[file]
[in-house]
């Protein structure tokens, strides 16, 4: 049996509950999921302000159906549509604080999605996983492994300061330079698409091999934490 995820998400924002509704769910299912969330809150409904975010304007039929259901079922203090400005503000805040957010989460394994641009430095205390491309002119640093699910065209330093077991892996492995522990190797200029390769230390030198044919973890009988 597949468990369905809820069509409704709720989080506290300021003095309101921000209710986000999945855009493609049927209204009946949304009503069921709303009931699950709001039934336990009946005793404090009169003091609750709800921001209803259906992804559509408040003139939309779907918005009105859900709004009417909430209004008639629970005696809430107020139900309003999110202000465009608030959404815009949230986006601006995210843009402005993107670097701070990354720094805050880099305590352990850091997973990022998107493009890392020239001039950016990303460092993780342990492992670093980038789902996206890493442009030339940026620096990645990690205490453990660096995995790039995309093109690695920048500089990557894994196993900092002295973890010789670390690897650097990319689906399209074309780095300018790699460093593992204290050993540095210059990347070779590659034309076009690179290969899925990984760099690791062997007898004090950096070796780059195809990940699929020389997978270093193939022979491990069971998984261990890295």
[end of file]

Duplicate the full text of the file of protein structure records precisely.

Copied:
[in-house]
């Protein structure tokens, strides 16, 4: 049996509950999921302000159906549509604080999605996983492994300061330079698409091999934490 995820998400924002509704769910299912969330809150409904975010304007039929259901079922203090400005503000805040957010989460394994641009430095205390491309002119640093699910065209330093077991892996492995522990190797200029390769230390030198044919973890009988 597949468990369905809820069509409704709720989080506290300021003095309101921000209710986000999945855009493609049927209204009946949304009503069921709303009931699950709001039934336990009946005793404090009169003091609750709800921001209803259906992804559509408040003139939309779907918005009105859900709004009417909430209004008639629970005696809430107020139900309003999110202000465009608030959404815009949230986006601006995210843009402005993107670097701070990354720094805050880099305590352990850091997973990022998107493009890392020239001039950016990303460092993780342990492992670093980038789902996206890493442009030339940026620096990645990690205490453990660096995995790039995309093109690695920048500089990557894994196993900092002295973890010789670390690897650097990319689906399209074309780095300018790699460093593992204290050993540095210059990347070779590659034309076009690179290969899925990984760099690791062997007898004090950096070796780059195809990940699929020389997978270093193939022979491990069971998984261990890295």